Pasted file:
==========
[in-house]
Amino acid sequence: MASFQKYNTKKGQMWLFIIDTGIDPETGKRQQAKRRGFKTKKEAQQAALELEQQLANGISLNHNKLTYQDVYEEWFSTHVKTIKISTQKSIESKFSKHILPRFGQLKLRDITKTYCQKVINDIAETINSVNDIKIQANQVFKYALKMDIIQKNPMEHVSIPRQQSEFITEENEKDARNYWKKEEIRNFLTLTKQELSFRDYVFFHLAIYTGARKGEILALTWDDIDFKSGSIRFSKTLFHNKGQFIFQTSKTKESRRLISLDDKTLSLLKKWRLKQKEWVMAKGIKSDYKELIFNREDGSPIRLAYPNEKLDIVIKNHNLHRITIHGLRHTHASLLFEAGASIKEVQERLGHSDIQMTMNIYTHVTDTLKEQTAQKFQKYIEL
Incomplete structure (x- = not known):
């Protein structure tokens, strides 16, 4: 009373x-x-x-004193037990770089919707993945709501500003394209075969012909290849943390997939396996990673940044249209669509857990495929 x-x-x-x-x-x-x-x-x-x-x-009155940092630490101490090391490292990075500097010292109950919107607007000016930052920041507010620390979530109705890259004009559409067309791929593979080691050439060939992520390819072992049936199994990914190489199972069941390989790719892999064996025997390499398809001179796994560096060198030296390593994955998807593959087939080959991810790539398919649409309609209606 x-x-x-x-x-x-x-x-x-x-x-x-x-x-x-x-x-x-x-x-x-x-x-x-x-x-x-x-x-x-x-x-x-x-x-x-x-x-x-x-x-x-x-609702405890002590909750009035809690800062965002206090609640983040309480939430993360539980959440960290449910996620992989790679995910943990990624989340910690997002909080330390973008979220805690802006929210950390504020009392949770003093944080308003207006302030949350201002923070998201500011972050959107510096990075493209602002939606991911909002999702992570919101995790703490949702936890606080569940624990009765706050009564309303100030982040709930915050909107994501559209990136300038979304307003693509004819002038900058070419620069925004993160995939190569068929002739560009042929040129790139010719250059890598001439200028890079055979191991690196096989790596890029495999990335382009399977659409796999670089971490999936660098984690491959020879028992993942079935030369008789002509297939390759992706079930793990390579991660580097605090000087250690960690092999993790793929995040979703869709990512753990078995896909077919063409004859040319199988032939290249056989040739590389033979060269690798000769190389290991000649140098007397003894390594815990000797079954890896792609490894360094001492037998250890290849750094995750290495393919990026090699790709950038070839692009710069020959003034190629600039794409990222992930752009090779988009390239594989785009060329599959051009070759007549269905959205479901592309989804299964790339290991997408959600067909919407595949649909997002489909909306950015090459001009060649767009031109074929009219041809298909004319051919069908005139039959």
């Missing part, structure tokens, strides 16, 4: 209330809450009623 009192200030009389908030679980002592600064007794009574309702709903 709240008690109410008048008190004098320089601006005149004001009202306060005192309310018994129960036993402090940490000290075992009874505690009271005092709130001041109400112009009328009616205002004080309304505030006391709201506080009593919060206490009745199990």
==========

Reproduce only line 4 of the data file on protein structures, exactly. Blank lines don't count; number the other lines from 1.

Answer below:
């Protein structure tokens, strides 16, 4: 009373x-x-x-004193037990770089919707993945709501500003394209075969012909290849943390997939396996990673940044249209669509857990495929 x-x-x-x-x-x-x-x-x-x-x-009155940092630490101490090391490292990075500097010292109950919107607007000016930052920041507010620390979530109705890259004009559409067309791929593979080691050439060939992520390819072992049936199994990914190489199972069941390989790719892999064996025997390499398809001179796994560096060198030296390593994955998807593959087939080959991810790539398919649409309609209606 x-x-x-x-x-x-x-x-x-x-x-x-x-x-x-x-x-x-x-x-x-x-x-x-x-x-x-x-x-x-x-x-x-x-x-x-x-x-x-x-x-x-x-609702405890002590909750009035809690800062965002206090609640983040309480939430993360539980959440960290449910996620992989790679995910943990990624989340910690997002909080330390973008979220805690802006929210950390504020009392949770003093944080308003207006302030949350201002923070998201500011972050959107510096990075493209602002939606991911909002999702992570919101995790703490949702936890606080569940624990009765706050009564309303100030982040709930915050909107994501559209990136300038979304307003693509004819002038900058070419620069925004993160995939190569068929002739560009042929040129790139010719250059890598001439200028890079055979191991690196096989790596890029495999990335382009399977659409796999670089971490999936660098984690491959020879028992993942079935030369008789002509297939390759992706079930793990390579991660580097605090000087250690960690092999993790793929995040979703869709990512753990078995896909077919063409004859040319199988032939290249056989040739590389033979060269690798000769190389290991000649140098007397003894390594815990000797079954890896792609490894360094001492037998250890290849750094995750290495393919990026090699790709950038070839692009710069020959003034190629600039794409990222992930752009090779988009390239594989785009060329599959051009070759007549269905959205479901592309989804299964790339290991997408959600067909919407595949649909997002489909909306950015090459001009060649767009031109074929009219041809298909004319051919069908005139039959």